Ah, Christmas. It’s one of my absolute favorite times of the year, but oddly enough my family is not too big on the holiday cheer. We don’t put up a tree. We don’t exchange gifts or visit relatives. We don’t even go to church. In fact, last Christmas we were quite Jewish. We watched a movie (James Cameron’s ‘Avatar’) and had dinner at a Chinese food restaurant. Maybe if I make these adorable gingerbread houses and brew up some spectacular coffee, they’ll start to feel more of the holiday spirit?
Category Archives: Food+Beverage
Ah, kimchi. Just saying it can make my mouth go into drool mode. It might not seem so delicious to those who’ve never tried it, especially when you read the English translation on most menus as “spicy fermented cabbage,” but this simple dish is a staple in Korean cuisine. My mom ALWAYS includes kimchi with every meal whether we’re eating actual Korean food or going American and enjoying a nice pizza or plate of spaghetti. She even brings out the kimchi at Thanksgiving. It’s that crucial.
So imagine the utter panic that would ensue should there be a kimchi shortage? Koreans dared not think of such a cruel world, but alas, it has happened in the motherland. Torrential rain ruined this year’s Napa cabbage crop and essentially shot the price of kimchi’s core ingredient from $4 a head to $14 a head — a 350 percent increase, according to Time magazine.
Kimchi, which some are now calling keum-chi (the first syllable meaning “gold” in Korean), has become so expensive that the government has begun to ration it and has frozen tariffs on Chinese cabbage in order to help the price stabilize.
I knew Koreans loved food, but I had no idea that missing one side dish could lead to disaster. Good thing our greatest enemy, Kim Jong Il, is also Korean, so he can’t use this kimchi-krptonite of sorts against us.
I just saw this clip on Jimmy Kimmel Live. When you gotta have McNuggets, you gotta have McNuggets apparently. Best part? Seeing the drive-thru attendant giving the next customer his order as if nothing happened. Now that’s customer service.
Pennsylvania is home to many things: the Liberty Bell, the Philadelphia Eagles, Philly cheesesteaks, the Amish…the list goes on and on. And onto that prestigious list, we can now add wine-dispensing vending machines. Hallelujah. What better to go with my 75-cent snack than a bottle of wine? Clearly, the cheese-substitute found in Cheetos brings out the fruity notes in a glass of Riesling to perfection.
Way to class up the joint, PA.
Have you seen this commercial on TV? Not only does it manage to trigger a serious craving for SunChips, but it also gives me a warm fuzzy feeling to know that the company’s revamped packaging is 100 percent compostable and won’t just stay in a landfill till the end of time. I can just chuck my SunChips bag carelessly into the wind, right?
Wrong. On a recent episode of “The Daily Show,” Jon Stewart quipped that these SunChips bags can actually cause more harm to the environment than good, if not properly placed in a compost pile. Doesn’t that defeat the purpose? I thought the advantage of compostable bags is that they cater to the average lazy American. If we didn’t bother to throw the regular, non-biodegradable bags into the trashcan before, what makes SunChips think that we’ll not only throw the new ones into a compost pile, but HAVE a compost pile to begin with?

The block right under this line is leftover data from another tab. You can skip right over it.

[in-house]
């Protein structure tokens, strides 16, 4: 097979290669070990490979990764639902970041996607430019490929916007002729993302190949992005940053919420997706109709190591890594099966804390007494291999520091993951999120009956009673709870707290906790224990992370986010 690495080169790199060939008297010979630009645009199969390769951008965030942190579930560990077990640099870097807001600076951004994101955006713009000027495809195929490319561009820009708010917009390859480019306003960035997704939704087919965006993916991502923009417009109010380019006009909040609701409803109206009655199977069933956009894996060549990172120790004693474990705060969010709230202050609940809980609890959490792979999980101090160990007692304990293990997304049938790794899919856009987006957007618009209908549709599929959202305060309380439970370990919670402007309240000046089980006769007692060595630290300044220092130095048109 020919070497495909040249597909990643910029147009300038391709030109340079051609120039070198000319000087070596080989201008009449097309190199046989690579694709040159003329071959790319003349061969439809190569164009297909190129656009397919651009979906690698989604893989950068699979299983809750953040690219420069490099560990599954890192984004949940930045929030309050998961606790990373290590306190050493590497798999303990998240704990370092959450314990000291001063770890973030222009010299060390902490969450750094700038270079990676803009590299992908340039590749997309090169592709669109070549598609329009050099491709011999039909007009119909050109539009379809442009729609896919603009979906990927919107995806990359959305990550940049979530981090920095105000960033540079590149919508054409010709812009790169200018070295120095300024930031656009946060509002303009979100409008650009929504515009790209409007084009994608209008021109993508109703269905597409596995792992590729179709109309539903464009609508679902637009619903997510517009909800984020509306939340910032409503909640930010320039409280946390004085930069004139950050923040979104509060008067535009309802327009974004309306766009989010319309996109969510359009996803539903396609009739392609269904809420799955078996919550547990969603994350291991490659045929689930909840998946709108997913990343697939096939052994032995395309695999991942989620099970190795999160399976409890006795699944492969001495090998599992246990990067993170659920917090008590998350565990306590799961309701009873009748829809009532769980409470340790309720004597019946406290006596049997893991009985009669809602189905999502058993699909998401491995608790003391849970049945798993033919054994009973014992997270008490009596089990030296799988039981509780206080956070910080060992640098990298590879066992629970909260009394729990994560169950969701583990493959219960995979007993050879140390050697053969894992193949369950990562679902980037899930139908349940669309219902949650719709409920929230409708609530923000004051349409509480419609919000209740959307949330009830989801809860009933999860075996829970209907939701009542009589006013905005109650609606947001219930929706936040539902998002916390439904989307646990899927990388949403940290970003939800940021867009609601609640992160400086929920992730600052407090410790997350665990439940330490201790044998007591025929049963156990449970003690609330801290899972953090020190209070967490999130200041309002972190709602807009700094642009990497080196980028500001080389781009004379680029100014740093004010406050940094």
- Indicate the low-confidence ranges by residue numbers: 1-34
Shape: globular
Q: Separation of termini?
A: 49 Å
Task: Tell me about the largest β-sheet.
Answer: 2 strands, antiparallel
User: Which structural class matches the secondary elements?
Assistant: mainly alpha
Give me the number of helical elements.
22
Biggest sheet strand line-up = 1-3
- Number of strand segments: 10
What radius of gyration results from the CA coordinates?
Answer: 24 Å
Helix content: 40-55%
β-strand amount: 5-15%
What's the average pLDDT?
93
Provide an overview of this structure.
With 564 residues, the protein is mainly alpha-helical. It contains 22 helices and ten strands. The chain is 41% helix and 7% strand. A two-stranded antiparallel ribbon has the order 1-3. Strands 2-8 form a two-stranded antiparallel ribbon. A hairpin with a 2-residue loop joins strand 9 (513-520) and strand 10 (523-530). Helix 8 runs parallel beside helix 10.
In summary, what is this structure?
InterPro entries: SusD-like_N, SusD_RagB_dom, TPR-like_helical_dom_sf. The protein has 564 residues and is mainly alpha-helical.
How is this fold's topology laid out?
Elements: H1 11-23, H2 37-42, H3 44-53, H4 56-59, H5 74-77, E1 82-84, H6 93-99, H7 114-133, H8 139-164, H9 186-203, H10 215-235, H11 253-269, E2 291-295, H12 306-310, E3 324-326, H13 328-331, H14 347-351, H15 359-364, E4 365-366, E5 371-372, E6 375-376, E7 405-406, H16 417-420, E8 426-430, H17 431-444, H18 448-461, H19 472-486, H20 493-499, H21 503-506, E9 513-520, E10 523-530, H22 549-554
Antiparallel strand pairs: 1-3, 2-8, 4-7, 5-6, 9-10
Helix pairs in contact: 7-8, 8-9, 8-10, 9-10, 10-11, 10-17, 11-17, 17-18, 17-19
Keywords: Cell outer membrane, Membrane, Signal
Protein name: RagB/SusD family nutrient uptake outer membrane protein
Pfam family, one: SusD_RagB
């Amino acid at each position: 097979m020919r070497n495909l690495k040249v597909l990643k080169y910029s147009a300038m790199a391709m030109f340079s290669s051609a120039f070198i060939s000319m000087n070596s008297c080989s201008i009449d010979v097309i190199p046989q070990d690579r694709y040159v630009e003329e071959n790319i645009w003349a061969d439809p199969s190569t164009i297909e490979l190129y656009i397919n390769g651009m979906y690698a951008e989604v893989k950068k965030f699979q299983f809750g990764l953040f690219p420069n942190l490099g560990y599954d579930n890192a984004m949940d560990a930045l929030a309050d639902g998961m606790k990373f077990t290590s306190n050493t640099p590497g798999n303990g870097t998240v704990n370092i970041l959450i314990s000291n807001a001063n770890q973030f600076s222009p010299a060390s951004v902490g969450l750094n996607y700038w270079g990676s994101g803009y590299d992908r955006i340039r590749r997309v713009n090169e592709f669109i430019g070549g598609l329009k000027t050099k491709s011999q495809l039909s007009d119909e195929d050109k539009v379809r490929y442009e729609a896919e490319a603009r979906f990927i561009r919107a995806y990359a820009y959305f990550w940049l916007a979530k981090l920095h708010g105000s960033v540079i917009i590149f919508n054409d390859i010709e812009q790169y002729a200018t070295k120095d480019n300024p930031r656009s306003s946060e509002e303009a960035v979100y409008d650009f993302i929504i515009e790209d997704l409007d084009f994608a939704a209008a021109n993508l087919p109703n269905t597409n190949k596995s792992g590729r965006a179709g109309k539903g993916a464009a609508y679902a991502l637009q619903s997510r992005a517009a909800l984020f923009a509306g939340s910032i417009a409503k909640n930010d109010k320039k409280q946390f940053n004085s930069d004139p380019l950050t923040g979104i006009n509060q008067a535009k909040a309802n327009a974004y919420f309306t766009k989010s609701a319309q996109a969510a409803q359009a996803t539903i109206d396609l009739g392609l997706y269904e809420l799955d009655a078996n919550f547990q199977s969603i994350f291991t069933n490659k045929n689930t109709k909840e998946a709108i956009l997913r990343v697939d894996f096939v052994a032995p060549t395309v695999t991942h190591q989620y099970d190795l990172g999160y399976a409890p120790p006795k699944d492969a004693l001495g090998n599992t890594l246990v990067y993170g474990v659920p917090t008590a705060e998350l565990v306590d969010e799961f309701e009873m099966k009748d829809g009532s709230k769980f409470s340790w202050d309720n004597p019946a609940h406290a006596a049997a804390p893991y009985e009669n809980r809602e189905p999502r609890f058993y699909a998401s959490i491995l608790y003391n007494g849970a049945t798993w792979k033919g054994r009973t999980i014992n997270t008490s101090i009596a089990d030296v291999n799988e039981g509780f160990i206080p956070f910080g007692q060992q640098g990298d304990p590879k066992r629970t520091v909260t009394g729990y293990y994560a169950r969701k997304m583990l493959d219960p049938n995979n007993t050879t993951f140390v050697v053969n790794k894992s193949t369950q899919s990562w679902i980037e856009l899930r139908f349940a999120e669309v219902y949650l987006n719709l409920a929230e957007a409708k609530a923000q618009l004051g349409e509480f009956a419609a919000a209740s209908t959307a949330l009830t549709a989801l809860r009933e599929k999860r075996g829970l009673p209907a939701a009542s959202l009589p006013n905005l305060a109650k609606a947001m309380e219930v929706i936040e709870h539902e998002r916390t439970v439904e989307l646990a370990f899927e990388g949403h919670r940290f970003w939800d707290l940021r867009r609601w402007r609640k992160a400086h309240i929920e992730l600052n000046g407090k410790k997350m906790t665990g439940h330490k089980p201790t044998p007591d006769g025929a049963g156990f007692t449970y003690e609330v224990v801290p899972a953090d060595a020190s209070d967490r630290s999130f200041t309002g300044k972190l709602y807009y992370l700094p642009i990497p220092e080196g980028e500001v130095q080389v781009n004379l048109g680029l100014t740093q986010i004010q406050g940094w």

But that’s only half the trouble. According to EPI Environmental Technologies Inc., a company that specializes in oxo-biodegradable technology, “If compostable products end up in a landfill, in the presence of water and absence of oxygen, it will biodegrade anaerobically to produce methane and carbon dioxide. Both are greenhouse gases but methane is over 20 times more powerful as a greenhouse gas than CO2. Methane is also highly combustible and is a frequent cause of explosions.”
Whoa. So before, with the plastic model, the worst that could happen was that some poor woodland creature would come across a bag of SunChips, eat the packaging, and then proceed to die a slow, painful death. Now, with the “miracle” bag made out of plants, the worst that could happen is a methane EXPLOSION and further damage to the atmosphere. Thanks for the upgrade, SunChips. And consumers were complaining about how loud the new bags were. Pshh. That should be the least of your worries.
Dun dun dunnnnnn. Yet another product recall. This time, surprisingly, from McDonald’s. The noted fast food franchise started recalling the glasses pictured above because the paint was found to have a toxic metal called cadmium, according to the Wall Street Journal.
Although some critics were bashing the company for not taking more time and effort to examine this product before selling it to the public, I thought McDonald’s did a respectable job in recalling the glasses the minute it found out about the potential risk. The level of cadmium in the paint is not directly dangerous unless used for a long period of time and there hasn’t even been a single consumer complaint. Nice job, Micky D’s. Can you lend your PR team to Toyota and BP?
But this wouldn’t be a blog post without a complaint. Check out the comments section of that same Wall Street Journal article. People are just plain ‘ignant,’ as some of my friends would say. The first post right away blames China for the toxic paint. Hey idiot, the article says — IN ENGLISH might I add — that the glasses were manufactured in New Jersey. You would think people would actually READ the article in question before wrongfully blaming entire countries. How embarrassing.